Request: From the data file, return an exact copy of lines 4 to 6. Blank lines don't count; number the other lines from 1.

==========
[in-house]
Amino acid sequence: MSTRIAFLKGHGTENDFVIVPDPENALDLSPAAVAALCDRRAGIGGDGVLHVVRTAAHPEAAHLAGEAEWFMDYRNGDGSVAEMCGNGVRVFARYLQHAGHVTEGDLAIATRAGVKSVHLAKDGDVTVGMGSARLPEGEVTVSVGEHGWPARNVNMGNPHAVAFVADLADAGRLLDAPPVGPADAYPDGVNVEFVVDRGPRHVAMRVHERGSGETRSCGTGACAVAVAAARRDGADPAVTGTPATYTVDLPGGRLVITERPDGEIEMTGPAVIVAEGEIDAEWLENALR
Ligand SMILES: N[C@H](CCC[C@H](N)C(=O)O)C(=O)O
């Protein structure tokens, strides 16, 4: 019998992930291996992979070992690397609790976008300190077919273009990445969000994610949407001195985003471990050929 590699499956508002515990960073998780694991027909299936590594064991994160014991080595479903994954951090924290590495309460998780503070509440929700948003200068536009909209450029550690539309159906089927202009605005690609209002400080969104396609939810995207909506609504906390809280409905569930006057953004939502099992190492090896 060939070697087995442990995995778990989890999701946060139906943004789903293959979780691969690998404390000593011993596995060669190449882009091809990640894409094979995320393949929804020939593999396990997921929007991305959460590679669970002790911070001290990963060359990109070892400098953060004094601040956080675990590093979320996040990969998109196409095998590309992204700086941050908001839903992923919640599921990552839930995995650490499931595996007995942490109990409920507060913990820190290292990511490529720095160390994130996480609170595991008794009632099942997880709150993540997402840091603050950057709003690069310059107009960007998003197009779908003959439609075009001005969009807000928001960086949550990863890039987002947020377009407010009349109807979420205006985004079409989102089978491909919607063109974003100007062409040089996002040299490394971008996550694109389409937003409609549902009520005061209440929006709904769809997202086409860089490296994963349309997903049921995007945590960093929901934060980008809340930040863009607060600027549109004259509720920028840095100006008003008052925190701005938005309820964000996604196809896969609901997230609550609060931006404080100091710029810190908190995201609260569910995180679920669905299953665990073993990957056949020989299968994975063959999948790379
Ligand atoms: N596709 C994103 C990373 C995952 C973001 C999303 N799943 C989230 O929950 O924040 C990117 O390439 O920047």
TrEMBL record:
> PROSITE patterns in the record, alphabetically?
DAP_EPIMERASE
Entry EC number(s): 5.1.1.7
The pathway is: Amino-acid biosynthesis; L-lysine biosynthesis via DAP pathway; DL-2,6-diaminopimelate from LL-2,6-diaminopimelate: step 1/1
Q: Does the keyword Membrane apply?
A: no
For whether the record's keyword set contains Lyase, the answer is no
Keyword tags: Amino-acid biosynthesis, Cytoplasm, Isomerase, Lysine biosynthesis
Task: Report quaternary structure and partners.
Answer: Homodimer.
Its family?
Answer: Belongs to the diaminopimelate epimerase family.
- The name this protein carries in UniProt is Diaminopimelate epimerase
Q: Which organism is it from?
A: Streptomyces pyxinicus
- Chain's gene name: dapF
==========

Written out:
């Protein structure tokens, strides 16, 4: 019998992930291996992979070992690397609790976008300190077919273009990445969000994610949407001195985003471990050929 590699499956508002515990960073998780694991027909299936590594064991994160014991080595479903994954951090924290590495309460998780503070509440929700948003200068536009909209450029550690539309159906089927202009605005690609209002400080969104396609939810995207909506609504906390809280409905569930006057953004939502099992190492090896 060939070697087995442990995995778990989890999701946060139906943004789903293959979780691969690998404390000593011993596995060669190449882009091809990640894409094979995320393949929804020939593999396990997921929007991305959460590679669970002790911070001290990963060359990109070892400098953060004094601040956080675990590093979320996040990969998109196409095998590309992204700086941050908001839903992923919640599921990552839930995995650490499931595996007995942490109990409920507060913990820190290292990511490529720095160390994130996480609170595991008794009632099942997880709150993540997402840091603050950057709003690069310059107009960007998003197009779908003959439609075009001005969009807000928001960086949550990863890039987002947020377009407010009349109807979420205006985004079409989102089978491909919607063109974003100007062409040089996002040299490394971008996550694109389409937003409609549902009520005061209440929006709904769809997202086409860089490296994963349309997903049921995007945590960093929901934060980008809340930040863009607060600027549109004259509720920028840095100006008003008052925190701005938005309820964000996604196809896969609901997230609550609060931006404080100091710029810190908190995201609260569910995180679920669905299953665990073993990957056949020989299968994975063959999948790379
Ligand atoms: N596709 C994103 C990373 C995952 C973001 C999303 N799943 C989230 O929950 O924040 C990117 O390439 O920047």
TrEMBL record: